child phcs Infant Mortality, PIAF Maternal Ekiti Brain drain
Nigeria's high child mortality rate is caused by non-functional PHCs.

NLNG, LCCI Seek Collaboration to Promote Respiratory Technologies for Newborns

The Nigeria LNG Limited (NLNG), Lagos Chamber of Commerce and Industry (LCCI), have called for increased collaboration between the business community and science and research sector in Nigeria.

They made the call at the public presentation of the winning work of The Nigeria Prize for Science 2023.

The work, by Prof. Hippolite Amadi, focused on three technological innovations aimed at saving the lives of neonates by making the delivery of oxygen cheap and easy.

According to them, this will help to close the gaps in meeting the Sustainable Development Goals (SDGs) especially in reducing neonatal mortality.

In his remarks, Odeh said a report by the World Health Organisation (WHO), in 2023 ranked Nigeria as the country with the second highest number of maternal, neonatal and child deaths worldwide.

Nigeria stands the risk of normalising neonatal mortality if nothing is done to stop it.

“The groundbreaking innovations of Prof. Amadi, as recognised by The Nigeria Prize for Science, are not merely a step forward for our nation but a beacon of hope for the countless newborn lives that hang in the balance.

“We cannot afford to let the cries of our newborns fade into the background of our daily lives.

“The urgency to combat neonatal mortality is a solemn duty to safeguard the future of our nation’s children, and we must answer that call with unwavering determination and immediate, decisive measures.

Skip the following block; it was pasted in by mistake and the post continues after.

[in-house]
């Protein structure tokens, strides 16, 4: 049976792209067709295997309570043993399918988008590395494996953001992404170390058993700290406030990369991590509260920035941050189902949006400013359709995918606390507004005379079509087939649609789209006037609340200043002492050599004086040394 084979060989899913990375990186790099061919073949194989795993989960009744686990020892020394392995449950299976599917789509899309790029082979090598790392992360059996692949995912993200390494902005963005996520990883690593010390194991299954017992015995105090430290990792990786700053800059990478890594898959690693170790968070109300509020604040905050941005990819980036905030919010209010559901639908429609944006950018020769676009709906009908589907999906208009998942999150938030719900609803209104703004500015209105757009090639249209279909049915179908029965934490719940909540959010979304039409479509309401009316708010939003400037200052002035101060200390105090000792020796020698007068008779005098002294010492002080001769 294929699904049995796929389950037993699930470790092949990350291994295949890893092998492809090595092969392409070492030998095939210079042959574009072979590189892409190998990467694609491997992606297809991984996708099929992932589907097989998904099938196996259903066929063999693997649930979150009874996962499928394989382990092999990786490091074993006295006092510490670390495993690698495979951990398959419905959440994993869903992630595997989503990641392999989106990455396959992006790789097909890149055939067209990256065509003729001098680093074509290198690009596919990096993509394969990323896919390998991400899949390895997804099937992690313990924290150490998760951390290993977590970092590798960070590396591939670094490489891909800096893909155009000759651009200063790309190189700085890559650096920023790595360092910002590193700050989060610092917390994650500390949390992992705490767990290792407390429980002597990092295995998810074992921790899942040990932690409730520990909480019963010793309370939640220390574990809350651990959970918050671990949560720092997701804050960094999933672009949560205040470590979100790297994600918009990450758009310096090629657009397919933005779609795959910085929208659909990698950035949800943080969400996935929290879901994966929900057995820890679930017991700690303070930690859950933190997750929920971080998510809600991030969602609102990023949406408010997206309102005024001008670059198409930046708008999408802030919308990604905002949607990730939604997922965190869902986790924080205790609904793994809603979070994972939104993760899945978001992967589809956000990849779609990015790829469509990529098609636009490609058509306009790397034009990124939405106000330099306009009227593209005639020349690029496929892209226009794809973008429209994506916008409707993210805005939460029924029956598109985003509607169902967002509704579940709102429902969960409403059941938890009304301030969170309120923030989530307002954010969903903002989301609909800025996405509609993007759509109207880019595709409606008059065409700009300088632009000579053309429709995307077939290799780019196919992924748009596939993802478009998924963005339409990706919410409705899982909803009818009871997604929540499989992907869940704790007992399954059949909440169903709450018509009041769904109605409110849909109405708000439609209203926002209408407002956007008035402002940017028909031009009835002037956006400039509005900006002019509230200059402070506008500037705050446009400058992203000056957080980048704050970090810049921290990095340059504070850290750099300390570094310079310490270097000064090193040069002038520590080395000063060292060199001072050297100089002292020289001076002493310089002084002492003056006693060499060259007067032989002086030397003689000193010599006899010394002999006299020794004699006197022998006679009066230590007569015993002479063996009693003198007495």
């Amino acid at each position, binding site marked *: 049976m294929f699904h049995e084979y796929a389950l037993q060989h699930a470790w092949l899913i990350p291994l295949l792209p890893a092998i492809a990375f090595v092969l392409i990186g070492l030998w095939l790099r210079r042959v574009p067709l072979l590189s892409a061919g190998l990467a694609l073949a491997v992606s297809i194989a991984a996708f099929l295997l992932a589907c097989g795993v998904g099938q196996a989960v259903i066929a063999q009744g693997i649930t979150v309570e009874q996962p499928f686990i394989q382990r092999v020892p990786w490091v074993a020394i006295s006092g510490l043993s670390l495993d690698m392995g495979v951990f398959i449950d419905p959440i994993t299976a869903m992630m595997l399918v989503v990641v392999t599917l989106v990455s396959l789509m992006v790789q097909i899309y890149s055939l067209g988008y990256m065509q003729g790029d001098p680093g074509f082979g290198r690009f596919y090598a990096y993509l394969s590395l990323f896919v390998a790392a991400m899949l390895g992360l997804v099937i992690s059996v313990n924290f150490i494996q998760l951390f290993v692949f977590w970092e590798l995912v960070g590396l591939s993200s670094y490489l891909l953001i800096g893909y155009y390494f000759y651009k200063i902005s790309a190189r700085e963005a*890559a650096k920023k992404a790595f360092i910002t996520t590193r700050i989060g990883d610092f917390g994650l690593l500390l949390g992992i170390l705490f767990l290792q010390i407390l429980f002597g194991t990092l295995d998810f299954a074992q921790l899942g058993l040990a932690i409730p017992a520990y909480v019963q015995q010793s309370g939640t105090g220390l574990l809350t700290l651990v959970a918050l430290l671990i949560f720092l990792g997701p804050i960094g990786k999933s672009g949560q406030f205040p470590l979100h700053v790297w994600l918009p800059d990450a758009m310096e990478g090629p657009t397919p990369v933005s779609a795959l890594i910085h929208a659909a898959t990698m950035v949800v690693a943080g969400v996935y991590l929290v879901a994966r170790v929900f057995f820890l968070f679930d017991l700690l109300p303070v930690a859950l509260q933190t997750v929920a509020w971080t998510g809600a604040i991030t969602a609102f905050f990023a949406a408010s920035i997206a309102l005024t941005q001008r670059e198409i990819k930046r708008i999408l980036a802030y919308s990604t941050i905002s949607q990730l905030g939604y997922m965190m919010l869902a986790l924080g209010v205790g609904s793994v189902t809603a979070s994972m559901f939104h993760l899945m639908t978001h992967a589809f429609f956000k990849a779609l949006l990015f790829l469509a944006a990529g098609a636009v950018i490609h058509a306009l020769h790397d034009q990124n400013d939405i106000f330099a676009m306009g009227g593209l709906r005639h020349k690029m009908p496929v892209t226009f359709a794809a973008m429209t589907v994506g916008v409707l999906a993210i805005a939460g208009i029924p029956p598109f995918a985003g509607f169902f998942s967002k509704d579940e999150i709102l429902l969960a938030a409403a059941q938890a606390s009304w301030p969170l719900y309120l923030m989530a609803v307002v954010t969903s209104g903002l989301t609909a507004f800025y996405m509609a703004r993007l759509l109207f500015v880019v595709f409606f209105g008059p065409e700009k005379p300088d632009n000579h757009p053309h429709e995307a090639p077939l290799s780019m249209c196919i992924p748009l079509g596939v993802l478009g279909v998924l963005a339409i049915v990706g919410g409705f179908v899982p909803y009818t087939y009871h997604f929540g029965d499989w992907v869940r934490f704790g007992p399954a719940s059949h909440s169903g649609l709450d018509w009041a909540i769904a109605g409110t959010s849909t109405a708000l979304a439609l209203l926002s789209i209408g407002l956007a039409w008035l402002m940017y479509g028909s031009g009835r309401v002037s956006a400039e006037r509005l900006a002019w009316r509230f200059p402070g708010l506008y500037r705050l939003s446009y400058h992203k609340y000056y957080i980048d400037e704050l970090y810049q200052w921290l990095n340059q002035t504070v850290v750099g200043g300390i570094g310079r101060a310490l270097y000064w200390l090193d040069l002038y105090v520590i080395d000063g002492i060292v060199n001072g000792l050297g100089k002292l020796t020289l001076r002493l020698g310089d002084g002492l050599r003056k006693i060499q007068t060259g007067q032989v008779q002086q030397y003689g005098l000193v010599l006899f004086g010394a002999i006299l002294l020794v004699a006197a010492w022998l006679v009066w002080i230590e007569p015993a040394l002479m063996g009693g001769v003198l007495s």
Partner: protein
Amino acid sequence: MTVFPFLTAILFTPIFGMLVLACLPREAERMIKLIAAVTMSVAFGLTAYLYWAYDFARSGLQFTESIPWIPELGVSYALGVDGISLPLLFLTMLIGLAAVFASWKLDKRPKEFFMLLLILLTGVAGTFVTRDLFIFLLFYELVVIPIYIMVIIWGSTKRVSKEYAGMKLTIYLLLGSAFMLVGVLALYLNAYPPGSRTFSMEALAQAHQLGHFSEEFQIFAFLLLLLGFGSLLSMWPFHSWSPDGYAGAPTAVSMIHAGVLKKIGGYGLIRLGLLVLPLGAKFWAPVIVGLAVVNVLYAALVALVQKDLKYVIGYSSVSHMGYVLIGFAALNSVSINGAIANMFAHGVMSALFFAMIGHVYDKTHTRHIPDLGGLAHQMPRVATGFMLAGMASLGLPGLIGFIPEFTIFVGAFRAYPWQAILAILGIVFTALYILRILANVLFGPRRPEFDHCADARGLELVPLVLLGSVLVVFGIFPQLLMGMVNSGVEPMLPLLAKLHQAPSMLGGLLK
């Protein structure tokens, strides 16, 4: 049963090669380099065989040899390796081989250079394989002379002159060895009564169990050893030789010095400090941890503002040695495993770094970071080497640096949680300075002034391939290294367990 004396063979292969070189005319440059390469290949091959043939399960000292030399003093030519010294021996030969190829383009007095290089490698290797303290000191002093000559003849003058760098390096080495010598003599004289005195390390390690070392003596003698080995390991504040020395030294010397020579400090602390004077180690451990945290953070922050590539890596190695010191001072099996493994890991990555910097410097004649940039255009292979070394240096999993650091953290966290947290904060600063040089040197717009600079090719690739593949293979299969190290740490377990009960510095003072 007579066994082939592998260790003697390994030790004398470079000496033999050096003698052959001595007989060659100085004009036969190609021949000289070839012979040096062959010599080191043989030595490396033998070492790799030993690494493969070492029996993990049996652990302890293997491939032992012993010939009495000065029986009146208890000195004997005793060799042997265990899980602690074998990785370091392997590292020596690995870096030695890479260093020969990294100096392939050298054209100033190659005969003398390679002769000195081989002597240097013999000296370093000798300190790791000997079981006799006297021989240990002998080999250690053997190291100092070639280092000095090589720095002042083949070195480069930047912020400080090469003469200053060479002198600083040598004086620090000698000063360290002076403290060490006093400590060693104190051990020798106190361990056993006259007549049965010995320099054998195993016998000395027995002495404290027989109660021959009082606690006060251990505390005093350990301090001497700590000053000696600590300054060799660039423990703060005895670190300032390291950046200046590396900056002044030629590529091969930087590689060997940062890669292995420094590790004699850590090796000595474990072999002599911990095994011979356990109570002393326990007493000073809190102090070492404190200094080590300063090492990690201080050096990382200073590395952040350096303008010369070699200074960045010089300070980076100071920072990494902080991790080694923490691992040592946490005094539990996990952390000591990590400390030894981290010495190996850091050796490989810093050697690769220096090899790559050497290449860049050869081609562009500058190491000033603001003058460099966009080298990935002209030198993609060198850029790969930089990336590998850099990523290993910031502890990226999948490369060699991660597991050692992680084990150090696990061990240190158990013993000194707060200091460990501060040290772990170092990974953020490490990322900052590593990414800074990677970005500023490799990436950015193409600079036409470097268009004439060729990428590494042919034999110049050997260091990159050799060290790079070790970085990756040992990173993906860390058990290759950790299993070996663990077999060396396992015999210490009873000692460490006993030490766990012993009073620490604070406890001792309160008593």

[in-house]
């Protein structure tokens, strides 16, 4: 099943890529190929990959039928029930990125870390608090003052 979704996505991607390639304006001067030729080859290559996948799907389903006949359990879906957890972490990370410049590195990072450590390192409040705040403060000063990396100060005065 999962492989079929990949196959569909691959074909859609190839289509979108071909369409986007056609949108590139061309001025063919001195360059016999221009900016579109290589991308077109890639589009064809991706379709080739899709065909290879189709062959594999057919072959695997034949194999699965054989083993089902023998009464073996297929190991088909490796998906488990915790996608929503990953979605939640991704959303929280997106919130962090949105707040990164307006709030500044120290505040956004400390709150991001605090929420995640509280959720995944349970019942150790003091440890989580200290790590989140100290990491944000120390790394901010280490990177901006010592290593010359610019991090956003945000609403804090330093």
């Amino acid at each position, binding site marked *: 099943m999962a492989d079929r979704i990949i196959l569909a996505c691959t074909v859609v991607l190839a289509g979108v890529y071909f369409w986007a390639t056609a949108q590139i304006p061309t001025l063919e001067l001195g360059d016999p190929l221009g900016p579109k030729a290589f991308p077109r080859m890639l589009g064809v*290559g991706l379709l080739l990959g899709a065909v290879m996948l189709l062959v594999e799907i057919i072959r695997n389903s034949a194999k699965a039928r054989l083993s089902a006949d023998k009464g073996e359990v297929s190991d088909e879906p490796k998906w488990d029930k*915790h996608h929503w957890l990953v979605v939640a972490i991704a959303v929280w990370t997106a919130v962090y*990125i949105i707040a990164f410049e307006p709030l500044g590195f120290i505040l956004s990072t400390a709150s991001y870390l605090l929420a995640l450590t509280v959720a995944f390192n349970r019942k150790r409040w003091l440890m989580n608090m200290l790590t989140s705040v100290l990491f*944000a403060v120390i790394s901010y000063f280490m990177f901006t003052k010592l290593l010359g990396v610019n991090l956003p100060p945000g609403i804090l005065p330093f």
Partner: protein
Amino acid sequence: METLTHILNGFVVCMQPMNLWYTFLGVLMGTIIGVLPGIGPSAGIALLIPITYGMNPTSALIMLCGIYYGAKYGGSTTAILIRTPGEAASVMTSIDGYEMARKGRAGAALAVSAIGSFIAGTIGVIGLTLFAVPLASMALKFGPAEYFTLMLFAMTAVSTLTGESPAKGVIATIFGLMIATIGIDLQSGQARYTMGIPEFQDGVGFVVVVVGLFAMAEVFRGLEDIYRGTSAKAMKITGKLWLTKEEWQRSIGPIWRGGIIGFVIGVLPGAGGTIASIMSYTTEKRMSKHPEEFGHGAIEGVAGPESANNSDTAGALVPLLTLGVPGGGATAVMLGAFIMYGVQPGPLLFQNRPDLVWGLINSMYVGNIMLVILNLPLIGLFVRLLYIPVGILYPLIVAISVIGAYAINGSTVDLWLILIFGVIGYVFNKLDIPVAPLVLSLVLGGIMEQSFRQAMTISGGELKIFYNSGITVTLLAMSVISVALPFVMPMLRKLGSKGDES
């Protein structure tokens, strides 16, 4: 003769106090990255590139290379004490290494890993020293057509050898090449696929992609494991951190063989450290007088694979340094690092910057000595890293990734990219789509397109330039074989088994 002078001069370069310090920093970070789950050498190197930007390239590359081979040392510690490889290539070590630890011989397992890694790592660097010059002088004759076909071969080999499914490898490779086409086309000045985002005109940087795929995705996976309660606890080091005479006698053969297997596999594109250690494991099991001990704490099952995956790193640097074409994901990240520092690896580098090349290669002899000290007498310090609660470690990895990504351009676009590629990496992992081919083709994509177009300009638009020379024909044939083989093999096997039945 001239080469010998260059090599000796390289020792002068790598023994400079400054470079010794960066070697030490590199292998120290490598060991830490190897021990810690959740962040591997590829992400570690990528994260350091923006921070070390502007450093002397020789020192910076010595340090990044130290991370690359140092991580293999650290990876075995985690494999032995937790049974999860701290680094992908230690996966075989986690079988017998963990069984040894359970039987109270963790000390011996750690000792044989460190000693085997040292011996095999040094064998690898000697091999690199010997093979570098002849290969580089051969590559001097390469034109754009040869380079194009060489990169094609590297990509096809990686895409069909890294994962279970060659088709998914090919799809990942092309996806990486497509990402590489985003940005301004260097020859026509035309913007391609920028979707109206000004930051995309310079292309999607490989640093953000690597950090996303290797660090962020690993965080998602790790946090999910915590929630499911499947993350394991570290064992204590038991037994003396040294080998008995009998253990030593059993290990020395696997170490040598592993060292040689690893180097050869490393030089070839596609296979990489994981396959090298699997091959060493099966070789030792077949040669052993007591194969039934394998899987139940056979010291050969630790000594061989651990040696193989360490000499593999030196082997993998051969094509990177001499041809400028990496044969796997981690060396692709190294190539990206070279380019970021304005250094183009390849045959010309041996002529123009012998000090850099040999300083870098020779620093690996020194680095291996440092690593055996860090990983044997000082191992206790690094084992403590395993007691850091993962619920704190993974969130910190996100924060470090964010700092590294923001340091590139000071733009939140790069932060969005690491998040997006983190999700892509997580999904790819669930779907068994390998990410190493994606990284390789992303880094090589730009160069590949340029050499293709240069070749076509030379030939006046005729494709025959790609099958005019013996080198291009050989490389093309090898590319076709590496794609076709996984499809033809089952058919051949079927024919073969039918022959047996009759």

“NLNG is very proud of Prof. Amadi’s discoveries through The Nigeria Prize for Science.

“Our vision of helping to build a better Nigeria is the core of the prize, and we believe strongly that the 2023 winning entry speaks in unambiguous terms as one of the ways we can achieve this vision.

“NLNG remains committed to the prize and will not relent in finding solutions to the nation’s development issues,” he stated.

The LCCI Director-General, Mr Gabriel Idahosa, stated in his address that the business interactive forum provided a unique opportunity for the Nigerian business community to learn from Amadi’s work.

Idahosa said that if Nigeria, given its natural endowments, was to successfully transform its economy and achieve significant growth, science and technology and its integration into the socio-economic development process must be accorded the highest priority.

“It is important to note the recognition of Prof. Amadi’s work in the field of newborn and child healthcare, which was selected from over a hundred entries.

“The work is not only based on how it can significantly advance neonatal care in Nigeria but also on how it can improve access and reduce neonatal care costs.

“We urge the government to provide targeted funding toward the local production of healthcare and pharmaceutical devices, as this will help reduce the burden of foreign exchange spent on importing most of our healthcare needs in Nigeria.

“Several lessons can be drawn from this achievement regarding our daily business and personal life,” he said.

He applauded NLNG, the prize sponsor, for being one of the best-run public-private partnerships that has consistently contributed to the Nigerian economy through dividends and taxes.

In his presentation, Amadi stated the prize had helped the expansion of his research project in Nigeria, of which led to the creation of additional advanced respiratory devices for neonates operable by nurses and local practitioners.

He said that the Nigeria Prize for Science was a $100,000 award sponsored by NLNG to promote innovations in science and technology that will solve age-long problems and drive development in Nigeria.